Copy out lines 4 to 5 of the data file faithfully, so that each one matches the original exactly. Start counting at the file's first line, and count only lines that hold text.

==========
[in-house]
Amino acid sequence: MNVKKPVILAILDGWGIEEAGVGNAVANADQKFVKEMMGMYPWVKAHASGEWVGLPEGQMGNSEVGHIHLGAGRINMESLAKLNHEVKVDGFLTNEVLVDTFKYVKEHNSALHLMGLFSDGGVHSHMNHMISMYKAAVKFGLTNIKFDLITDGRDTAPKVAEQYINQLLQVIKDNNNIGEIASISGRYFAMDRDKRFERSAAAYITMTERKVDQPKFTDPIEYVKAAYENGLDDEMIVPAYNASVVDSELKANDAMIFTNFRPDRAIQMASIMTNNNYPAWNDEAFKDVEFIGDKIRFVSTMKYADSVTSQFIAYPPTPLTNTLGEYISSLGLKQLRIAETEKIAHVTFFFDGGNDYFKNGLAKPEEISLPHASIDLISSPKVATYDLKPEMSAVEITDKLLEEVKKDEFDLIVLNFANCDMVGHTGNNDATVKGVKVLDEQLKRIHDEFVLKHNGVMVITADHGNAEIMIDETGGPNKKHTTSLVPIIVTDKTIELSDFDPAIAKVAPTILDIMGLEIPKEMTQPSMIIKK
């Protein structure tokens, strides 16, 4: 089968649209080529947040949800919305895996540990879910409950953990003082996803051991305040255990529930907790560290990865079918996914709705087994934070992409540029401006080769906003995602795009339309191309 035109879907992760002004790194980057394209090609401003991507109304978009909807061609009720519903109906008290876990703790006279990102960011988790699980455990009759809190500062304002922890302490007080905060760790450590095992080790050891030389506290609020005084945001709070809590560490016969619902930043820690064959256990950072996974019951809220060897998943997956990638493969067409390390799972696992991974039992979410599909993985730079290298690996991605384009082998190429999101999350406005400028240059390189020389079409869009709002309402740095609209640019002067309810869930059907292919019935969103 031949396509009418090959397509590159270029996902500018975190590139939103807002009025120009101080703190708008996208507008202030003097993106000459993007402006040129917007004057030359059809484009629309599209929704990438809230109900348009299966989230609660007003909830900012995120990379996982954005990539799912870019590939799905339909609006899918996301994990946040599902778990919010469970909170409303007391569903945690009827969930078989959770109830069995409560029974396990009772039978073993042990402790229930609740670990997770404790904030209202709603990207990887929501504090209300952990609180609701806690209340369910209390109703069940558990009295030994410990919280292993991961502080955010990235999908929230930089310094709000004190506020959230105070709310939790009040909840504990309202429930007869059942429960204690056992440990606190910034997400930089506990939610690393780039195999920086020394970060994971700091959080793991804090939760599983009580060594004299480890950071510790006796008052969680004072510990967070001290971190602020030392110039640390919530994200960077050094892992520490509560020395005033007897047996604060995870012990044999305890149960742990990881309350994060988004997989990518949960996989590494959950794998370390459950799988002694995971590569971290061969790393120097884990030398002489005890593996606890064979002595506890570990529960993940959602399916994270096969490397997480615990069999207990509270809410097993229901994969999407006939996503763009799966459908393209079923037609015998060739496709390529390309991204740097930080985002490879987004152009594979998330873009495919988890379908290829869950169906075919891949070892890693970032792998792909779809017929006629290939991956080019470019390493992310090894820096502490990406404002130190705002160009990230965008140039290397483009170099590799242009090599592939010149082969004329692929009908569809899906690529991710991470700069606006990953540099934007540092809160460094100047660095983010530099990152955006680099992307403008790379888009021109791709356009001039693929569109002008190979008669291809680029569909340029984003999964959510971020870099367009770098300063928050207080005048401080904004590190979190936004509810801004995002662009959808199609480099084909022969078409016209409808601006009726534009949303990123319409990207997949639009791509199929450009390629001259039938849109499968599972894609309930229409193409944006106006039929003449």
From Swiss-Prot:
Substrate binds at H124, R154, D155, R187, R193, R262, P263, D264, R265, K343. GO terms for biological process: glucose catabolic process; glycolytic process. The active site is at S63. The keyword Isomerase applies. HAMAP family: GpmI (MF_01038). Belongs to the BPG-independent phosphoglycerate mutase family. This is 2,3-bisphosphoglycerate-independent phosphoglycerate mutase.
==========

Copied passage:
From Swiss-Prot:
Substrate binds at H124, R154, D155, R187, R193, R262, P263, D264, R265, K343. GO terms for biological process: glucose catabolic process; glycolytic process. The active site is at S63. The keyword Isomerase applies. HAMAP family: GpmI (MF_01038). Belongs to the BPG-independent phosphoglycerate mutase family. This is 2,3-bisphosphoglycerate-independent phosphoglycerate mutase.